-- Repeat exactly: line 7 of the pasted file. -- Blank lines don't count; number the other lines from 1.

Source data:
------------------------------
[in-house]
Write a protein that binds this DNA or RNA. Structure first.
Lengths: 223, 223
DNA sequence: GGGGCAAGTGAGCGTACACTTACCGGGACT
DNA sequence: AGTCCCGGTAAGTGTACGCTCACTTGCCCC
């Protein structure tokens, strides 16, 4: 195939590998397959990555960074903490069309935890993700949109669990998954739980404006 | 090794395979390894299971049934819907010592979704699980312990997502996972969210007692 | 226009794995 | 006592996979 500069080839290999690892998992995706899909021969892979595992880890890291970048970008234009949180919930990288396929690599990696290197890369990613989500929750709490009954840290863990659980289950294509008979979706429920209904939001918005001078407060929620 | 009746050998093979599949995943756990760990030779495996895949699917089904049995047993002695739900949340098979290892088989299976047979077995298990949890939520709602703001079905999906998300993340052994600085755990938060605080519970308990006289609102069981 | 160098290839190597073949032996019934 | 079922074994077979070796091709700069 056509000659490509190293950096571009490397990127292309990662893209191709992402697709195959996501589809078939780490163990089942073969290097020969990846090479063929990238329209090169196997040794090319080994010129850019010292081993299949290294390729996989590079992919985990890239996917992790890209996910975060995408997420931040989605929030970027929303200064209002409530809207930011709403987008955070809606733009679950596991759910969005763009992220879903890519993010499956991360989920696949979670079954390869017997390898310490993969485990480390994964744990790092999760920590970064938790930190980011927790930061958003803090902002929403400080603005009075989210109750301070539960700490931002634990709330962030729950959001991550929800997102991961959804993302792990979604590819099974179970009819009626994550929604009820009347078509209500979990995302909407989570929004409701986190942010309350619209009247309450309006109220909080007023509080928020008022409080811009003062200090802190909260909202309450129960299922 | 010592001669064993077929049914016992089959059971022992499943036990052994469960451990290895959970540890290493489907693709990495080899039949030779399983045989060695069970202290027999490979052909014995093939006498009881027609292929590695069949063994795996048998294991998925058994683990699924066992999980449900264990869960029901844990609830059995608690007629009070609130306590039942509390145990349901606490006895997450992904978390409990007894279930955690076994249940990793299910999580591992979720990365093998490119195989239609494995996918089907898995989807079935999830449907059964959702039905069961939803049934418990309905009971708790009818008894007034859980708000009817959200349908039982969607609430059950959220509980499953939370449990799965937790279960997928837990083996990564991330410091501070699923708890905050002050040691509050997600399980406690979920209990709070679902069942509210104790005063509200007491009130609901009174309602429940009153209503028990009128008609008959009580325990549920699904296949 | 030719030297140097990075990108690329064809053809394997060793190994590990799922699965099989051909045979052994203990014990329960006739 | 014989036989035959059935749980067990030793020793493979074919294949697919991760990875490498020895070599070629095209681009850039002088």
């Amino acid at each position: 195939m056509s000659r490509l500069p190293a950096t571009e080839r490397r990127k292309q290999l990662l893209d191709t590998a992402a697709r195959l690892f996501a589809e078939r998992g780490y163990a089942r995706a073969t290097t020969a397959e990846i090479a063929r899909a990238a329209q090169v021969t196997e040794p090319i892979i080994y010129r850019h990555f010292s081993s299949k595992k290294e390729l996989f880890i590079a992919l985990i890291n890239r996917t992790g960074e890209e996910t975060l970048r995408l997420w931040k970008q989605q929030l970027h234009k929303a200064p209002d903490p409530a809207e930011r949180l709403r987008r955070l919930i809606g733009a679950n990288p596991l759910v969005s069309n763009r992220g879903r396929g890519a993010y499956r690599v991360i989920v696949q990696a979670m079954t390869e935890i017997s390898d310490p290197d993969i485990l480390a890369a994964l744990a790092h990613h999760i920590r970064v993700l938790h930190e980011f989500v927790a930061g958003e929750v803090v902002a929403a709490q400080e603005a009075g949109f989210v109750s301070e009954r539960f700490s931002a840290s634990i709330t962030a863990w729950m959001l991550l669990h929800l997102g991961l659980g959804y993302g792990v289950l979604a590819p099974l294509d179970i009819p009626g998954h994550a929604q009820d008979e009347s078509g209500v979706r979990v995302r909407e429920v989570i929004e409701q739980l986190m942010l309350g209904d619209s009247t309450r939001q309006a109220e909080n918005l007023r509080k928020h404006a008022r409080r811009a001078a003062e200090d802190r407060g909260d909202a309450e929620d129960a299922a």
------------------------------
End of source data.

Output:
């Amino acid at each position: 195939m056509s000659r490509l500069p190293a950096t571009e080839r490397r990127k292309q290999l990662l893209d191709t590998a992402a697709r195959l690892f996501a589809e078939r998992g780490y163990a089942r995706a073969t290097t020969a397959e990846i090479a063929r899909a990238a329209q090169v021969t196997e040794p090319i892979i080994y010129r850019h990555f010292s081993s299949k595992k290294e390729l996989f880890i590079a992919l985990i890291n890239r996917t992790g960074e890209e996910t975060l970048r995408l997420w931040k970008q989605q929030l970027h234009k929303a200064p209002d903490p409530a809207e930011r949180l709403r987008r955070l919930i809606g733009a679950n990288p596991l759910v969005s069309n763009r992220g879903r396929g890519a993010y499956r690599v991360i989920v696949q990696a979670m079954t390869e935890i017997s390898d310490p290197d993969i485990l480390a890369a994964l744990a790092h990613h999760i920590r970064v993700l938790h930190e980011f989500v927790a930061g958003e929750v803090v902002a929403a709490q400080e603005a009075g949109f989210v109750s301070e009954r539960f700490s931002a840290s634990i709330t962030a863990w729950m959001l991550l669990h929800l997102g991961l659980g959804y993302g792990v289950l979604a590819p099974l294509d179970i009819p009626g998954h994550a929604q009820d008979e009347s078509g209500v979706r979990v995302r909407e429920v989570i929004e409701q739980l986190m942010l309350g209904d619209s009247t309450r939001q309006a109220e909080n918005l007023r509080k928020h404006a008022r409080r811009a001078a003062e200090d802190r407060g909260d909202a309450e929620d129960a299922a």